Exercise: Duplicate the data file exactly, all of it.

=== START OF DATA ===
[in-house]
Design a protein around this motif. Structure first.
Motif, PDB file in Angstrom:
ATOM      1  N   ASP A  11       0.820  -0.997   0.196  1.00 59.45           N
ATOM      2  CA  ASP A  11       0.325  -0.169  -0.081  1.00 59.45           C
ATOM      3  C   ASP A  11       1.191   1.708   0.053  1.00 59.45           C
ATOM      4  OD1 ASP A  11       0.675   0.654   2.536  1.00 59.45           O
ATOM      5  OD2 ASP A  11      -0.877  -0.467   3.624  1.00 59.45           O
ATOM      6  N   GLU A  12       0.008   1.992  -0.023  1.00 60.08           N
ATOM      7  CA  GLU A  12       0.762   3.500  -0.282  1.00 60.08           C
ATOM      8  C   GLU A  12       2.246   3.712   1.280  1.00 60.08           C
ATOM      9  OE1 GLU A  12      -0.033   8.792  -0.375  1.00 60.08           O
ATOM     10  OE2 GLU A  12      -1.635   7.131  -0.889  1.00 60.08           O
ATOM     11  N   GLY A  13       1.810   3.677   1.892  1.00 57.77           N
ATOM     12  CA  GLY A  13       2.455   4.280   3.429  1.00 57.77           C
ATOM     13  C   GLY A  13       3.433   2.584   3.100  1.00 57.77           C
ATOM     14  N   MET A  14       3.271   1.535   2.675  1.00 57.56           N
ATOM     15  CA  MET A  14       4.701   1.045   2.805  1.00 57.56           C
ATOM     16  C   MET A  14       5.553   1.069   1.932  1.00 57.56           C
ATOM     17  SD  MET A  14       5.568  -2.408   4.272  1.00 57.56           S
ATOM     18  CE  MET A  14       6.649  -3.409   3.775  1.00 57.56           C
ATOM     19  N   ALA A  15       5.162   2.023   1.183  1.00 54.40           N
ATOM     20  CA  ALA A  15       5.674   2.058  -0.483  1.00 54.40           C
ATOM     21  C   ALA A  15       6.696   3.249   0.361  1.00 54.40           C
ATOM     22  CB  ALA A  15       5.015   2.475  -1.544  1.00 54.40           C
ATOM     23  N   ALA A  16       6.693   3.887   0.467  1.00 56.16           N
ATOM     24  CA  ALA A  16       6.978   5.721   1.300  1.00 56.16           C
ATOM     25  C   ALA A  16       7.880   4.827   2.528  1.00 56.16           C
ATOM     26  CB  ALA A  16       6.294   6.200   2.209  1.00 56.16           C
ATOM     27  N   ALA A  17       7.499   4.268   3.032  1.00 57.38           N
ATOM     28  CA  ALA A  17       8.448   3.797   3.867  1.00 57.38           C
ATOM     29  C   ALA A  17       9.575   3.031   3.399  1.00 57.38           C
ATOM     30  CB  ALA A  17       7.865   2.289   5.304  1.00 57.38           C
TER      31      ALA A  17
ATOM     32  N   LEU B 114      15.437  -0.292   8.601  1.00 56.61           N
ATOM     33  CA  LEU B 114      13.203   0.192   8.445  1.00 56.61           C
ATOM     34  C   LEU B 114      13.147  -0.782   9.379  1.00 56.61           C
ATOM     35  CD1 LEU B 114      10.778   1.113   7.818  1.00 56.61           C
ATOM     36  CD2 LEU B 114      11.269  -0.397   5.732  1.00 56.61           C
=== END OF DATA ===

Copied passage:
[in-house]
Design a protein around this motif. Structure first.
Motif, PDB file in Angstrom:
ATOM      1  N   ASP A  11       0.820  -0.997   0.196  1.00 59.45           N
ATOM      2  CA  ASP A  11       0.325  -0.169  -0.081  1.00 59.45           C
ATOM      3  C   ASP A  11       1.191   1.708   0.053  1.00 59.45           C
ATOM      4  OD1 ASP A  11       0.675   0.654   2.536  1.00 59.45           O
ATOM      5  OD2 ASP A  11      -0.877  -0.467   3.624  1.00 59.45           O
ATOM      6  N   GLU A  12       0.008   1.992  -0.023  1.00 60.08           N
ATOM      7  CA  GLU A  12       0.762   3.500  -0.282  1.00 60.08           C
ATOM      8  C   GLU A  12       2.246   3.712   1.280  1.00 60.08           C
ATOM      9  OE1 GLU A  12      -0.033   8.792  -0.375  1.00 60.08           O
ATOM     10  OE2 GLU A  12      -1.635   7.131  -0.889  1.00 60.08           O
ATOM     11  N   GLY A  13       1.810   3.677   1.892  1.00 57.77           N
ATOM     12  CA  GLY A  13       2.455   4.280   3.429  1.00 57.77           C
ATOM     13  C   GLY A  13       3.433   2.584   3.100  1.00 57.77           C
ATOM     14  N   MET A  14       3.271   1.535   2.675  1.00 57.56           N
ATOM     15  CA  MET A  14       4.701   1.045   2.805  1.00 57.56           C
ATOM     16  C   MET A  14       5.553   1.069   1.932  1.00 57.56           C
ATOM     17  SD  MET A  14       5.568  -2.408   4.272  1.00 57.56           S
ATOM     18  CE  MET A  14       6.649  -3.409   3.775  1.00 57.56           C
ATOM     19  N   ALA A  15       5.162   2.023   1.183  1.00 54.40           N
ATOM     20  CA  ALA A  15       5.674   2.058  -0.483  1.00 54.40           C
ATOM     21  C   ALA A  15       6.696   3.249   0.361  1.00 54.40           C
ATOM     22  CB  ALA A  15       5.015   2.475  -1.544  1.00 54.40           C
ATOM     23  N   ALA A  16       6.693   3.887   0.467  1.00 56.16           N
ATOM     24  CA  ALA A  16       6.978   5.721   1.300  1.00 56.16           C
ATOM     25  C   ALA A  16       7.880   4.827   2.528  1.00 56.16           C
ATOM     26  CB  ALA A  16       6.294   6.200   2.209  1.00 56.16           C
ATOM     27  N   ALA A  17       7.499   4.268   3.032  1.00 57.38           N
ATOM     28  CA  ALA A  17       8.448   3.797   3.867  1.00 57.38           C
ATOM     29  C   ALA A  17       9.575   3.031   3.399  1.00 57.38           C
ATOM     30  CB  ALA A  17       7.865   2.289   5.304  1.00 57.38           C
TER      31      ALA A  17
ATOM     32  N   LEU B 114      15.437  -0.292   8.601  1.00 56.61           N
ATOM     33  CA  LEU B 114      13.203   0.192   8.445  1.00 56.61           C
ATOM     34  C   LEU B 114      13.147  -0.782   9.379  1.00 56.61           C
ATOM     35  CD1 LEU B 114      10.778   1.113   7.818  1.00 56.61           C
ATOM     36  CD2 LEU B 114      11.269  -0.397   5.732  1.00 56.61           C